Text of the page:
ELYRIA — While city officials contemplate increasing sanitation rates for the next three years, some of them said there’s a chance residents might be missing out on a discounted rate.
The lower rate is for homeowners who receive the homestead exemption on their real estate property taxes.
Safety Service Director Mary Siwierka said she does not know who in the city receives the credit to determine if all homeowners are paying the reduced sanitation rate, which at $17.92 per month is $7.68 less than the standard sanitation rate of $25.60.
In recent months as City Council debates a proposal to increase sanitation rates less than $1 each year for the next three years, Siwierka said calls have come into the Mayor’s Office and Utilities Department from homeowners who receive the tax exemption but are not receiving the sanitation rate discount.
“We have no way of knowing who receives the discount and who does not,” Siwierka said. “When property owners receive a letter from the Lorain County Auditor’s Office confirming the exemption, we ask they bring it to us so we can put the discount on the account. A lot of homeowners don’t even know the discount exists, so we are making a concerted effort to get the word out. “
Upcoming bills will include a notice to residents about the rate reduction and how to apply for it.
County Auditor Craig Snodgrass said there is no process on his side to let homeowners know the Elyria discount is available but that his office would be happy to work with Elyria on some targeted mailings to increase awareness.
The homestead exemption is available to income-eligible homeowners who are age 65 or older or are totally and permanently disabled, regardless of age. It is based on a formula that looks at gross income as determined by federal tax returns. Residents can apply throughout the year to receive the discount and must reapply each year to see if they continue to meet the income thresholds.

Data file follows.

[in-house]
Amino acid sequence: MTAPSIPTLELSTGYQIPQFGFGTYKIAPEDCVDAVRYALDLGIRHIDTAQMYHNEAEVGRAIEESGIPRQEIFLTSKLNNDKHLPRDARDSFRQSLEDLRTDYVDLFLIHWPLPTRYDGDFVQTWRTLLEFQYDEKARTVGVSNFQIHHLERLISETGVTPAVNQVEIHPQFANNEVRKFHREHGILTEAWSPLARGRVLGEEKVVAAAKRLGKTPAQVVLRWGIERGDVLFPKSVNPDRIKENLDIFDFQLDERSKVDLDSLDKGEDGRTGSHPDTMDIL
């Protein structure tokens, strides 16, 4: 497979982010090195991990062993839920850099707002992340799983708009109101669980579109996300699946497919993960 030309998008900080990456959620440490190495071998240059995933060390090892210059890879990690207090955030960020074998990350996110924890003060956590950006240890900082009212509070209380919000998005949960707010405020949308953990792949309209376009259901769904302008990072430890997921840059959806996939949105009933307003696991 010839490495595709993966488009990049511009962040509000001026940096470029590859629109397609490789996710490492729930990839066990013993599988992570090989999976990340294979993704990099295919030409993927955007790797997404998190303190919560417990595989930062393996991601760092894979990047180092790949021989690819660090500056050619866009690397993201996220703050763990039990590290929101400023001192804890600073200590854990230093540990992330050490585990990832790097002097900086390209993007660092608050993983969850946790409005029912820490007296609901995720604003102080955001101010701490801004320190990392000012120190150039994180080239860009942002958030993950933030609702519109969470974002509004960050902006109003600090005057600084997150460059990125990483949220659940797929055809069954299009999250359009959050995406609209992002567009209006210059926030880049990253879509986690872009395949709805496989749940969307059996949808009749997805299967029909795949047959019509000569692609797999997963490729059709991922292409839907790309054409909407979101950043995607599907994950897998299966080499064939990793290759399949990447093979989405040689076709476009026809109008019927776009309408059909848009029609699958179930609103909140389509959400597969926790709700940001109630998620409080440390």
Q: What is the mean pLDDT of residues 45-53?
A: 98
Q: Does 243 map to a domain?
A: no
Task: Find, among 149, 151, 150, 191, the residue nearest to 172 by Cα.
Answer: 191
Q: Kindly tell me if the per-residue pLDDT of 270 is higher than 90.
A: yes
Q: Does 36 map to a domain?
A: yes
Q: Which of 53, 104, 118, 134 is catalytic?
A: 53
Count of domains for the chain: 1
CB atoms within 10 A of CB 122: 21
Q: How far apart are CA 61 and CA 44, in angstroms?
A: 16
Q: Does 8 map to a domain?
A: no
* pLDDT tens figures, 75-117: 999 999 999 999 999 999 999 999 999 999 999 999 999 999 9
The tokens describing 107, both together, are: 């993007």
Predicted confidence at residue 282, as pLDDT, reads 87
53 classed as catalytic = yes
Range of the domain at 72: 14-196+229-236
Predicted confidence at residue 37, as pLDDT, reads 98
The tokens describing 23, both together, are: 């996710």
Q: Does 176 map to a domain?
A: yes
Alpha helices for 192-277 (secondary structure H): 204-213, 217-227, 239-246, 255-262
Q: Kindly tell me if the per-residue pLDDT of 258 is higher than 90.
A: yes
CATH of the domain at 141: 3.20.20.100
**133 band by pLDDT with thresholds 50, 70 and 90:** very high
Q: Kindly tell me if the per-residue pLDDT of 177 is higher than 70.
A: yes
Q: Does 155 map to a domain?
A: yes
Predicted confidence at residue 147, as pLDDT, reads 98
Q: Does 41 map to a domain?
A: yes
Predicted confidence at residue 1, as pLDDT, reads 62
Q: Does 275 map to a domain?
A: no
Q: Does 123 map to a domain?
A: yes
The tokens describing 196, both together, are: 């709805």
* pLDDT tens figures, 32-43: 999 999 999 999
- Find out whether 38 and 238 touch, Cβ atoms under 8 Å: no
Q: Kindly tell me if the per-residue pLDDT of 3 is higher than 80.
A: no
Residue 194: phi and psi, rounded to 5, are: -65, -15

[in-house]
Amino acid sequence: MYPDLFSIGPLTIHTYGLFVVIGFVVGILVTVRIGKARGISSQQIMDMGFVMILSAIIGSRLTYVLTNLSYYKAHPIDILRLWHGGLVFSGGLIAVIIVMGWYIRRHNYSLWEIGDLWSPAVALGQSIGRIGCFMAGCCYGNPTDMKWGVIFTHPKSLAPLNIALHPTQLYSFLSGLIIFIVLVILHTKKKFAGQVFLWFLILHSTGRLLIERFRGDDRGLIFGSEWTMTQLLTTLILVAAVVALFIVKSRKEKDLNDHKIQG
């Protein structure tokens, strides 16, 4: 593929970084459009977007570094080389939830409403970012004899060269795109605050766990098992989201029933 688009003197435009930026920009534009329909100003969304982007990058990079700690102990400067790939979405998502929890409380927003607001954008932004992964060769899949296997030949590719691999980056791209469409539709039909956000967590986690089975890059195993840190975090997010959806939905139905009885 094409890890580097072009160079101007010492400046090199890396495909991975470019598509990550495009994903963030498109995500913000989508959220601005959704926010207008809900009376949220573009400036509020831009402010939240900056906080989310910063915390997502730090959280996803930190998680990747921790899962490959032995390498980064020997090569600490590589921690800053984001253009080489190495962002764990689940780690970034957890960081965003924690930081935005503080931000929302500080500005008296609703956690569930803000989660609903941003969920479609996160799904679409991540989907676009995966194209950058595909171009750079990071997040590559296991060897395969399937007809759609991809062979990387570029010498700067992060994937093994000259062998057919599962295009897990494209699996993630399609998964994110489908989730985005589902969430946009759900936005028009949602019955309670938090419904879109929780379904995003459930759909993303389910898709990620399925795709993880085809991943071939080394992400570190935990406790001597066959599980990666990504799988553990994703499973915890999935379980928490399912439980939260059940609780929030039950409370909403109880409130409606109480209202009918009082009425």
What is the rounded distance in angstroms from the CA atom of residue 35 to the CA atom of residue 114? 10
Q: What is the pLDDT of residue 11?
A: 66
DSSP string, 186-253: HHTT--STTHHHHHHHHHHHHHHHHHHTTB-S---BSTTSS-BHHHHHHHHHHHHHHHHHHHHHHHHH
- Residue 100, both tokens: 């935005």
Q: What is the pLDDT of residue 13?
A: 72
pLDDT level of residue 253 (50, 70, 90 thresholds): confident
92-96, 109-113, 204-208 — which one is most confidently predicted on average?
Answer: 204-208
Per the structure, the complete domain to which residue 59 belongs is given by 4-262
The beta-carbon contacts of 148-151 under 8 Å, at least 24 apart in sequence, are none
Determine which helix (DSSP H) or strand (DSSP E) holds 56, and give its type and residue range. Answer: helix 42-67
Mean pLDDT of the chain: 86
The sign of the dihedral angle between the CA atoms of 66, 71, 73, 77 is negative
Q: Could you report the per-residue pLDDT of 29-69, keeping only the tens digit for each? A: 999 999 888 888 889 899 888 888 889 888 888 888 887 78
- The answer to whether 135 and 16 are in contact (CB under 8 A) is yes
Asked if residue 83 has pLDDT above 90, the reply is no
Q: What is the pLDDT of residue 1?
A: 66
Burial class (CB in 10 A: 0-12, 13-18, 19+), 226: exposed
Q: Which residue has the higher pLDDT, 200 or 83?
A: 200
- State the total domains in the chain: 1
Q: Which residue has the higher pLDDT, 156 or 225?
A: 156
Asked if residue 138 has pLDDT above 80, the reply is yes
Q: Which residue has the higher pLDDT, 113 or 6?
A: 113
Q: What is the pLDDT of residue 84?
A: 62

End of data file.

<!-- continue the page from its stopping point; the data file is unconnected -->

The exemption is basically a tax credit that allows a homeowner to exempt up to $25,000 of the market value of their home from all local property taxes. It could save homeowners several hundred dollars a year in taxes, Snodgrass said.
Using a home with a market value of $100,000 as an example, Snodgrass said the homestead exemption would place the value of the home at $75,000 for tax purposes.
Siwierka said there also is a lower water rate for customers who receive a homestead exemption, although the discount is much smaller.
“With the sanitation rate, the whole idea is generally people who are on homestead are going to generate less trash and should pay the reduced rate,” she said. “It has been on the books for a long time, but somehow it has become this thing that people are not aware exists.”
Council members have not approved the new rates as proposed.
The suggested rates are $26.50 per month for 2018, $27.42 per month for 2019 and $28.38 per month in 2020. The homestead rate would go from $17.92 per month to $18.55 per month in 2018, $19.20 per month in 2019 and $19.87 monthly in 2020.